Secondly – world building. Excuse the sound of clapping as I’m still giving Suri the standing ovation she deserves. NOT-JUST-ANOTHER-WHITE-FANTASY. There are so many things I could go on about here, but I’d like to highlight the fact that this book is almost entirely set in ‘the desert’ (or locations within one) and not once does it feel like ‘just a lot of sand’. I’ve been to deserts. Not all of it is sand. And even when it is, it isn’t ‘just sand’. There are shapes, dunes, stretches to the horizon, beyond and back. The desert is a beautiful place. It’s a dangerous place. And the Empire of Sand captures those facts wonderfully.

Also on the world building point: sleeping gods whose dreams hold the power to change the world? A dance-based magic system to shape those dreams, for ill or good will? A power-hungry puppet-master of a patriarch who reigns through love and loathing? What more could you ask for?

Which leads me nicely onto the plot and the story itself. Conscious that I’ve already covered a lot of ground, and not to spoil anything, there’s elements of ‘a chosen one’ and ‘magic school’ here, similar to R.F. Kuang’s The Poppy War, minus the fighting and more grimdark tones. And not forgetting the ‘romance’ element of the plot. Now, I can almost hear the collective eyeroll of a chunk of the fantasy reader community, those who ‘don’t like romance as part of the plot’. But listen up – this isn’t just well written romance, it’s real. The relationship(s) in Empire of Sand are plausible and they most certainly have a purpose. I could liken Empire of Sand’s romance to dozens of other books (elsewhere I’ve seen Melissa Caruso’s Words and Fire trilogy mentioned, as well as the works of Sarah J Mass and Trudi Canavan on the back of the book itself), but I don’t really see the point here. Speaking generally, though I hope not out of turn, ‘Twilight’ seems to be the claymore-explosive that anti-romance fantasy readers point at anything attempting a relationship beyond a ‘grimdark grunt’ of a one-night stand. Feelings? BANG! Sentiment? BANG. Holding hands? BANG BANG BANG. Pillow talk WITHOUT the sexy-time?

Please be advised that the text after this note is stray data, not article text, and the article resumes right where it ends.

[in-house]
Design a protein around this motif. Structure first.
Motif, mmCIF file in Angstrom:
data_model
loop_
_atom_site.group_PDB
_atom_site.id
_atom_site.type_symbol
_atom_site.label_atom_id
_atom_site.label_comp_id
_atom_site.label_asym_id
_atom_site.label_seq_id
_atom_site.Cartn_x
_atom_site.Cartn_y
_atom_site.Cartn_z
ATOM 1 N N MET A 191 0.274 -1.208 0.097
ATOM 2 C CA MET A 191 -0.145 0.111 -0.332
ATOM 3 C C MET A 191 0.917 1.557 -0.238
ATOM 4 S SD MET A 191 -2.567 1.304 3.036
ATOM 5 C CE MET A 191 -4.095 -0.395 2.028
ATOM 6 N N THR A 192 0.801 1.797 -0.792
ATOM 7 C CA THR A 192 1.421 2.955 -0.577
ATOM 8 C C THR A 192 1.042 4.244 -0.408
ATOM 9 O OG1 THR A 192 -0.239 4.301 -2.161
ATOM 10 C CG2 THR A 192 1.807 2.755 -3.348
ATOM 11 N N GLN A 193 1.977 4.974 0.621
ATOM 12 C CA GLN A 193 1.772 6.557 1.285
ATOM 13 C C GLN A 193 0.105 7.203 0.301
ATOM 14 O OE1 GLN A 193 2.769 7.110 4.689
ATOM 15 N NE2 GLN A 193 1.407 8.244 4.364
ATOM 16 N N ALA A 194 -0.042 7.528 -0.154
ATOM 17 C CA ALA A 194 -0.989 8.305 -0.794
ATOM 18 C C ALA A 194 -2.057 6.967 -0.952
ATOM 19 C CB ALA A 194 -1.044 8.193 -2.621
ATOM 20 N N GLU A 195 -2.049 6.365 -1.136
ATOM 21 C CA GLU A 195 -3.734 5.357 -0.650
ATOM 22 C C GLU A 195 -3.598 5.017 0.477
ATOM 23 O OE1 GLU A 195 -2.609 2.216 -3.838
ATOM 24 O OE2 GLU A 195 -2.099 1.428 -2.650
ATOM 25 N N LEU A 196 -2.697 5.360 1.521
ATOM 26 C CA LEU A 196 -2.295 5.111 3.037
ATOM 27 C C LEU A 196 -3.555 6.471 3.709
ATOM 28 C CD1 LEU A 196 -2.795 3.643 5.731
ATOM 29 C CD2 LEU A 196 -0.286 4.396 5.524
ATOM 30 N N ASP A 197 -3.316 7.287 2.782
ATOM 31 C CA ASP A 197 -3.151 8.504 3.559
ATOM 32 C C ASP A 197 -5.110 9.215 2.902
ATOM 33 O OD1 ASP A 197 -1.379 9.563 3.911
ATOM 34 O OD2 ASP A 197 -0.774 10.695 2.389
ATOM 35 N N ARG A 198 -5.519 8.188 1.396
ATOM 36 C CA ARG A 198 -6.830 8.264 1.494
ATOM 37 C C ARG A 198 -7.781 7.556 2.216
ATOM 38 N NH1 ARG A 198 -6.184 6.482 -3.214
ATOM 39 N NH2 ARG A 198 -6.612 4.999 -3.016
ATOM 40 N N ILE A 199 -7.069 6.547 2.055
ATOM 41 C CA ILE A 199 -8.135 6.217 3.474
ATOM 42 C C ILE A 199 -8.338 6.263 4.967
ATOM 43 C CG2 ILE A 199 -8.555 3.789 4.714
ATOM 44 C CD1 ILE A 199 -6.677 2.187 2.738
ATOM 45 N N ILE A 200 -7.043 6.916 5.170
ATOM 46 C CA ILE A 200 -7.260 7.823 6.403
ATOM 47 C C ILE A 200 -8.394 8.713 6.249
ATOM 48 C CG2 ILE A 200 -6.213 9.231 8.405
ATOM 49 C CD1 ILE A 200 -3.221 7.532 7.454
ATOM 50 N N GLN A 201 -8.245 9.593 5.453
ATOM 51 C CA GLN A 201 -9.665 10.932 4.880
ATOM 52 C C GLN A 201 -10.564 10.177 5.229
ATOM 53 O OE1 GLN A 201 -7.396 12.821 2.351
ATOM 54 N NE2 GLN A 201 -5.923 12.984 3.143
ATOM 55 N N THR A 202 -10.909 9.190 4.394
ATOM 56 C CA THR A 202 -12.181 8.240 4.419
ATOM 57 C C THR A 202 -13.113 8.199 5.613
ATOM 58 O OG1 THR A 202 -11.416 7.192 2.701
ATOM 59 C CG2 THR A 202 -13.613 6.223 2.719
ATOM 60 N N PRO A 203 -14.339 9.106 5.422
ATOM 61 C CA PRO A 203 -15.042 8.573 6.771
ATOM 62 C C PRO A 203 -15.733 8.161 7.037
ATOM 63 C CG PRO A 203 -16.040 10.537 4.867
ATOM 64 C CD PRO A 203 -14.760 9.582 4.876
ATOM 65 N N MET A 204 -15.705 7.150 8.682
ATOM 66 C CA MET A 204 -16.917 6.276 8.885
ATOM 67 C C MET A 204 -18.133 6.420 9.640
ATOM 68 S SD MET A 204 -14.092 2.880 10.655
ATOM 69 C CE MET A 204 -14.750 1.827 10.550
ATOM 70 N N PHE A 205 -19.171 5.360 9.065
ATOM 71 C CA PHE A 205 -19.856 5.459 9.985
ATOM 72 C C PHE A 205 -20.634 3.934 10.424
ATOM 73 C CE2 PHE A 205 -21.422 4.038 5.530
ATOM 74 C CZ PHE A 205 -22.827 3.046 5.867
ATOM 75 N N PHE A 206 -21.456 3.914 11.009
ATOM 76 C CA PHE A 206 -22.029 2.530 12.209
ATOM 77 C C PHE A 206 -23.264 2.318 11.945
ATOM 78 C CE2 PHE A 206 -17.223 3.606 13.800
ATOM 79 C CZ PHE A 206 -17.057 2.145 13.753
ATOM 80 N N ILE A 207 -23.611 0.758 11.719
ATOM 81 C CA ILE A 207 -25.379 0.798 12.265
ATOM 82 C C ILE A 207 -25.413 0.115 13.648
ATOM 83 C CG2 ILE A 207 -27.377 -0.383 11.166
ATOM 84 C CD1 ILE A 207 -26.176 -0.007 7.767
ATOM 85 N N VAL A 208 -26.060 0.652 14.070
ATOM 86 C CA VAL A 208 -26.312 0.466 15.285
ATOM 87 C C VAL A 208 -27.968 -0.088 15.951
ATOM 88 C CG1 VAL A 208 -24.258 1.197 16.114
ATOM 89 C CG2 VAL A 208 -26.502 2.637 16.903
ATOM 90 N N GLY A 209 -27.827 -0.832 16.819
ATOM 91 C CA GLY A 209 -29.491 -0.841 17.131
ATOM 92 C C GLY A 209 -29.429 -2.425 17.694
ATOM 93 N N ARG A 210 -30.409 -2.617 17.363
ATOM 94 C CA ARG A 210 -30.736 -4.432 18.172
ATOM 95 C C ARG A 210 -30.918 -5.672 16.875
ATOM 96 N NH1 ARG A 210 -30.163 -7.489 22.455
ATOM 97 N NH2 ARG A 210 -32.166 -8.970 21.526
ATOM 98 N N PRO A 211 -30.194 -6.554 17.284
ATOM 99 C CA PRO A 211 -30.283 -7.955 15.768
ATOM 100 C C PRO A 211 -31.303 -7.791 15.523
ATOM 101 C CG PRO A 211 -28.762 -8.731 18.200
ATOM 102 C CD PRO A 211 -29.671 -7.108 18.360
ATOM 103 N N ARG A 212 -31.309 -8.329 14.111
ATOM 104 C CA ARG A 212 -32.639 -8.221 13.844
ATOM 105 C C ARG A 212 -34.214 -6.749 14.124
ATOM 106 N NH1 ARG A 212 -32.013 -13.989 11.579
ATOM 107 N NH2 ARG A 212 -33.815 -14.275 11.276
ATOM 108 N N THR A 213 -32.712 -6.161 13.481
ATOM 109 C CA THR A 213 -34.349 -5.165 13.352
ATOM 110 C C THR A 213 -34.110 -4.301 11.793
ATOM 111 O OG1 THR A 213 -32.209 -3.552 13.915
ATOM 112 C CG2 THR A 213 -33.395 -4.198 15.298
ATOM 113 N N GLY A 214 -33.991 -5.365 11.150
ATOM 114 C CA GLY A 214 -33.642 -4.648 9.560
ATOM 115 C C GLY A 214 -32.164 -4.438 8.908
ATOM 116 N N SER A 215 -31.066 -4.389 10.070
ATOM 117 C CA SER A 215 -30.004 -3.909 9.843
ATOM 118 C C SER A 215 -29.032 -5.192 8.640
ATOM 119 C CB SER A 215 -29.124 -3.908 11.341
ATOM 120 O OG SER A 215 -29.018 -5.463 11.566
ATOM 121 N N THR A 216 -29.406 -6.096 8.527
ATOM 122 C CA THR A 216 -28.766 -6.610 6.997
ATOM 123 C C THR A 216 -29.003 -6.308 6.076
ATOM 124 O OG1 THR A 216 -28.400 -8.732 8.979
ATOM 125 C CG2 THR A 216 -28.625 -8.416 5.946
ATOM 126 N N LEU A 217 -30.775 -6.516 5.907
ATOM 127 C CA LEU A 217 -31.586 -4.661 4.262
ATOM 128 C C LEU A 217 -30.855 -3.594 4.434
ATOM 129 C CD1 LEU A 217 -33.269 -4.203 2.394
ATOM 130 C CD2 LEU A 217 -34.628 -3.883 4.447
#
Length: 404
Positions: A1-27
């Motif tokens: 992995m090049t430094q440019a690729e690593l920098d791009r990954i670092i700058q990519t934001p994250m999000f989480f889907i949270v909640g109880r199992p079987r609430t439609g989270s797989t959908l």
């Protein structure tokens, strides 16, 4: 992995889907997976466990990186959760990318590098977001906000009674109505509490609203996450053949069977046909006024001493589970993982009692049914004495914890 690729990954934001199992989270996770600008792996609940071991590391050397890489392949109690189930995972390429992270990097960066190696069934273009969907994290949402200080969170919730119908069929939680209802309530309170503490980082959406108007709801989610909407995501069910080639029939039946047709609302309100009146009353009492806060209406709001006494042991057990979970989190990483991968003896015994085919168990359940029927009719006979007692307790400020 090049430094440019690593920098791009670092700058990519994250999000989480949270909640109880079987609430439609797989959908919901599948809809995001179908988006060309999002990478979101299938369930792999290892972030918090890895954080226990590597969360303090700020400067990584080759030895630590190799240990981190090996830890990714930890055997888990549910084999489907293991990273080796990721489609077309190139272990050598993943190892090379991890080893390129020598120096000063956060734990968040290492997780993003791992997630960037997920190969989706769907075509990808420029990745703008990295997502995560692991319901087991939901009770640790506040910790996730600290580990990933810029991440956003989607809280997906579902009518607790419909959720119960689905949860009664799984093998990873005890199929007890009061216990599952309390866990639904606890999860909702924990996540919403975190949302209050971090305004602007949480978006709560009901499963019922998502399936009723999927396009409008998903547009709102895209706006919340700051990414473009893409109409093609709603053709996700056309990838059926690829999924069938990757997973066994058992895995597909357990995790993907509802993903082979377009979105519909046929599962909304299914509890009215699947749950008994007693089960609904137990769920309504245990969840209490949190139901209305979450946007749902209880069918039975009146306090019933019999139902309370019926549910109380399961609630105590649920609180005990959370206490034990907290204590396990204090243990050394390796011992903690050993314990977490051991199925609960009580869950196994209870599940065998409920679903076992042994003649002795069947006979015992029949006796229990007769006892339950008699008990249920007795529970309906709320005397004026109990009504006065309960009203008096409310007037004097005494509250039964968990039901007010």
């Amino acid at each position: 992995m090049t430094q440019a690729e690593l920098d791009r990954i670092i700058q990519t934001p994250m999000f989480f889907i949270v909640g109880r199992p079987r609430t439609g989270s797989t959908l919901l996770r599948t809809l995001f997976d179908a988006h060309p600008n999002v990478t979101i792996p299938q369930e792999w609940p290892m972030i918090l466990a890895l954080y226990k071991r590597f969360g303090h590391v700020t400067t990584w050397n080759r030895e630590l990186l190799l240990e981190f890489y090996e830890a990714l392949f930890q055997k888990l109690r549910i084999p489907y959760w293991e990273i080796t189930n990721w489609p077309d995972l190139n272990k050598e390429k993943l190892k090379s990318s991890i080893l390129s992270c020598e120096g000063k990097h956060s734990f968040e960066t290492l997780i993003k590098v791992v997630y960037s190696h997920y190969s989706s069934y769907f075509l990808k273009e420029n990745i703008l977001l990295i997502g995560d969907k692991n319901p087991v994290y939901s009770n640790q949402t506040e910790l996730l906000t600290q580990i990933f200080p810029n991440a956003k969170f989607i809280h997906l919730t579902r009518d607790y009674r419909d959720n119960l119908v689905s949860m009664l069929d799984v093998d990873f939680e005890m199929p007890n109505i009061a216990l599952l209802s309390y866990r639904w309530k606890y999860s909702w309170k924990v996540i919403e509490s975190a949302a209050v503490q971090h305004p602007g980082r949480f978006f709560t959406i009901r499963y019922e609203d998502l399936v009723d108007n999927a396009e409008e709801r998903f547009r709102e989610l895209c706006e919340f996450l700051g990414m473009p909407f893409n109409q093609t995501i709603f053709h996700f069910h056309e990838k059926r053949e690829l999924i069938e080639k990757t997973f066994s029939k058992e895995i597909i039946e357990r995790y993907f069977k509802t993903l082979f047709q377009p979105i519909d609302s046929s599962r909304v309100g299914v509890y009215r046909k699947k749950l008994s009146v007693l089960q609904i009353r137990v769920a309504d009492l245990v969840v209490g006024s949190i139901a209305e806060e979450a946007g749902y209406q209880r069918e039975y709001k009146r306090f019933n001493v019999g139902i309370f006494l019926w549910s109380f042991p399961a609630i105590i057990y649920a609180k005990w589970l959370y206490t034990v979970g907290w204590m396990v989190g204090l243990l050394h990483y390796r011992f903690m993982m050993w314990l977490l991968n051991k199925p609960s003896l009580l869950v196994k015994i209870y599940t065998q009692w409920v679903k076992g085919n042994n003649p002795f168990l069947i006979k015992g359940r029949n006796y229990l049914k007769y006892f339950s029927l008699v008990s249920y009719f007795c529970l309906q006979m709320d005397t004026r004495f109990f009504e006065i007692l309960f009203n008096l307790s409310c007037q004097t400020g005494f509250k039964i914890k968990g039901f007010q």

Let me just put it this way: if romance isn’t your *thing* (be it because of sparkly vampires or otherwise) try this. You might find that actually it is, and you just didn’t realise it. Like when you were a kid, and you didn’t want to sit next to the boy/girl in class because of cooties or whatever, yet now you’re an adult and you’d give anything for that special someone to catch your eye.

I’m rambling now…

Look, I’m just one person. An average, white, male, middle-aged not-yet-thirty, able-bodied person. In terms of books I normally go for anything with an underdog, fighting and flirting throughout, with so many battles its hard to tell where one stops and the other ends, set in as far flung a fantasy land as you can conjure. I’m a sucker for ANY book with a ‘jerk-merc’ (read: mercenary jerks, who most likely smirk a lot, too) thing going for them. Which is why, for me to go on and on (and on) about a book that doesn’t have a mud and blood and guts battle scene, that isn’t told via the POV of a ‘jerk-merc’ who barely has time to say something clever he/she is too busy smirking, then Empire of Sands is a special book indeed. Definitely one of the most exciting releases of the year*.

*or five.


*Screw it – I genuinely love this book. IT GAVE ME FEELINGS!